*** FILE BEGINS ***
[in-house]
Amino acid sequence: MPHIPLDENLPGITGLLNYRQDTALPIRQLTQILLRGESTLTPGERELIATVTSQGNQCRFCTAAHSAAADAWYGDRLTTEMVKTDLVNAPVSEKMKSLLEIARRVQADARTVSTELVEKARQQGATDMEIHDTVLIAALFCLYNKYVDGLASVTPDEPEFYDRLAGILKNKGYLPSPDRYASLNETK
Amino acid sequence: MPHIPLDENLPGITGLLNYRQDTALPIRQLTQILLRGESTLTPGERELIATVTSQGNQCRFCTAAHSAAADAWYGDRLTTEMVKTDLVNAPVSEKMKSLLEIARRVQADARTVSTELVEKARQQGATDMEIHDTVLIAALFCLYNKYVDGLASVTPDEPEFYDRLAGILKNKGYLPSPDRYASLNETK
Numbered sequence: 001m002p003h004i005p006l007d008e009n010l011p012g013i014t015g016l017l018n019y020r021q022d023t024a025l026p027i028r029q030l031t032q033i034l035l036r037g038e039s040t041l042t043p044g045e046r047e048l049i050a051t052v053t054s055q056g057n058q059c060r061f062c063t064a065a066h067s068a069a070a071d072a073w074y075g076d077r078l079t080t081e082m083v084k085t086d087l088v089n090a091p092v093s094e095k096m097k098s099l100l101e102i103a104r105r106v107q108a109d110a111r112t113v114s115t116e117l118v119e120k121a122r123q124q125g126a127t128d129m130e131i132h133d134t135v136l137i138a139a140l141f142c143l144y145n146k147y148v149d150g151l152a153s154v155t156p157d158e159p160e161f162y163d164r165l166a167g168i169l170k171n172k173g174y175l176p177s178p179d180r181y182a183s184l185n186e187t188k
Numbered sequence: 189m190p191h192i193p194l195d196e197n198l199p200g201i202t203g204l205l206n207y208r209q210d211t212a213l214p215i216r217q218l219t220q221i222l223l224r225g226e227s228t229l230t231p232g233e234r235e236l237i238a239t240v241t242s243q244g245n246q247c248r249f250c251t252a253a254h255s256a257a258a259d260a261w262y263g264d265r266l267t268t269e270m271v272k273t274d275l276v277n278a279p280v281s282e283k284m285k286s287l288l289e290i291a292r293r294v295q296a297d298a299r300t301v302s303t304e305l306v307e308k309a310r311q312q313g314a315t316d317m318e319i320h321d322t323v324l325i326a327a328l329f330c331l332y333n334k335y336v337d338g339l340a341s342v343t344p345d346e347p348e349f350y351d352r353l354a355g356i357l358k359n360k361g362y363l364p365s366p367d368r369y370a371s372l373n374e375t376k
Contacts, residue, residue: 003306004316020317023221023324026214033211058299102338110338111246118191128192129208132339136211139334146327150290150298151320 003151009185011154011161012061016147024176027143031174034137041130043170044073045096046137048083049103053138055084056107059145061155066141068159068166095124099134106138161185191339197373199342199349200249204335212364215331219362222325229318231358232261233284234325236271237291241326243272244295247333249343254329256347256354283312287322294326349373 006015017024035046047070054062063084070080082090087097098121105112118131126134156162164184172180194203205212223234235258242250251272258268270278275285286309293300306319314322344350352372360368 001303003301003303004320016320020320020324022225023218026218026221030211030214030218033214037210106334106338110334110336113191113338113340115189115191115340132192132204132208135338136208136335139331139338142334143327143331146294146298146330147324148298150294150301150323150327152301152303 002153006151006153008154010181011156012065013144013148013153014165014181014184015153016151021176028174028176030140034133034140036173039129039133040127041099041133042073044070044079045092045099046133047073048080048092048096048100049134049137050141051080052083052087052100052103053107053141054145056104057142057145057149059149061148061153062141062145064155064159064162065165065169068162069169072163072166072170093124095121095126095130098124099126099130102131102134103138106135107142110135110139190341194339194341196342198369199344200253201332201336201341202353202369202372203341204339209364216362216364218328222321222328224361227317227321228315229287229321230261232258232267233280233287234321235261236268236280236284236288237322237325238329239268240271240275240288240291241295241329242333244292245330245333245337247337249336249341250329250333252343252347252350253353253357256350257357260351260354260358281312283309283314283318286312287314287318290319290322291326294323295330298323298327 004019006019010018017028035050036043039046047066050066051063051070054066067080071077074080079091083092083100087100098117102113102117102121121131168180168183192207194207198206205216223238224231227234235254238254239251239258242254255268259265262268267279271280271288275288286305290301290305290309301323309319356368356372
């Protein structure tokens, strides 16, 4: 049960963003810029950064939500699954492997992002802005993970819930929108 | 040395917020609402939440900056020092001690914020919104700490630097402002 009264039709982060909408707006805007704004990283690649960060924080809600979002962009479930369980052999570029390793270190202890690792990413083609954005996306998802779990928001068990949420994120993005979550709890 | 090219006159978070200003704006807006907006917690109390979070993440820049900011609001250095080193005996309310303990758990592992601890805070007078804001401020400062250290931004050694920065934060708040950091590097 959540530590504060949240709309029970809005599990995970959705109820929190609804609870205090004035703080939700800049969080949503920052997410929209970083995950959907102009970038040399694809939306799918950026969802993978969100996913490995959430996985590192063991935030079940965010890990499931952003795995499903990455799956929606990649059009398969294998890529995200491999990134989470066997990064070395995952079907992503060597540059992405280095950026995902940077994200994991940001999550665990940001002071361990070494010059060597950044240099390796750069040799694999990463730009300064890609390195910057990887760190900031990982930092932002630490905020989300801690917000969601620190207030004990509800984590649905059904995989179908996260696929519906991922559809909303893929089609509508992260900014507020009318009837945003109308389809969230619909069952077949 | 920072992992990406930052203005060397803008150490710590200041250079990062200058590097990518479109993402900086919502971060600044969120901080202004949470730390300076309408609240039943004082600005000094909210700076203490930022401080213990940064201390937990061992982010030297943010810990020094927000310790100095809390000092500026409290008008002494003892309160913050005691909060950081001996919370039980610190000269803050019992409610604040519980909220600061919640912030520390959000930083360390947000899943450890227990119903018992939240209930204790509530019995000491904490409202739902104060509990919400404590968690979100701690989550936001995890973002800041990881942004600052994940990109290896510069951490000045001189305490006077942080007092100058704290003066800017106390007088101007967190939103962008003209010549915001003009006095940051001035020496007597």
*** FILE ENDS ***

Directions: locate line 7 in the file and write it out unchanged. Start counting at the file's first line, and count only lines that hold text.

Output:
């Protein structure tokens, strides 16, 4: 049960963003810029950064939500699954492997992002802005993970819930929108 | 040395917020609402939440900056020092001690914020919104700490630097402002 009264039709982060909408707006805007704004990283690649960060924080809600979002962009479930369980052999570029390793270190202890690792990413083609954005996306998802779990928001068990949420994120993005979550709890 | 090219006159978070200003704006807006907006917690109390979070993440820049900011609001250095080193005996309310303990758990592992601890805070007078804001401020400062250290931004050694920065934060708040950091590097 959540530590504060949240709309029970809005599990995970959705109820929190609804609870205090004035703080939700800049969080949503920052997410929209970083995950959907102009970038040399694809939306799918950026969802993978969100996913490995959430996985590192063991935030079940965010890990499931952003795995499903990455799956929606990649059009398969294998890529995200491999990134989470066997990064070395995952079907992503060597540059992405280095950026995902940077994200994991940001999550665990940001002071361990070494010059060597950044240099390796750069040799694999990463730009300064890609390195910057990887760190900031990982930092932002630490905020989300801690917000969601620190207030004990509800984590649905059904995989179908996260696929519906991922559809909303893929089609509508992260900014507020009318009837945003109308389809969230619909069952077949 | 920072992992990406930052203005060397803008150490710590200041250079990062200058590097990518479109993402900086919502971060600044969120901080202004949470730390300076309408609240039943004082600005000094909210700076203490930022401080213990940064201390937990061992982010030297943010810990020094927000310790100095809390000092500026409290008008002494003892309160913050005691909060950081001996919370039980610190000269803050019992409610604040519980909220600061919640912030520390959000930083360390947000899943450890227990119903018992939240209930204790509530019995000491904490409202739902104060509990919400404590968690979100701690989550936001995890973002800041990881942004600052994940990109290896510069951490000045001189305490006077942080007092100058704290003066800017106390007088101007967190939103962008003209010549915001003009006095940051001035020496007597």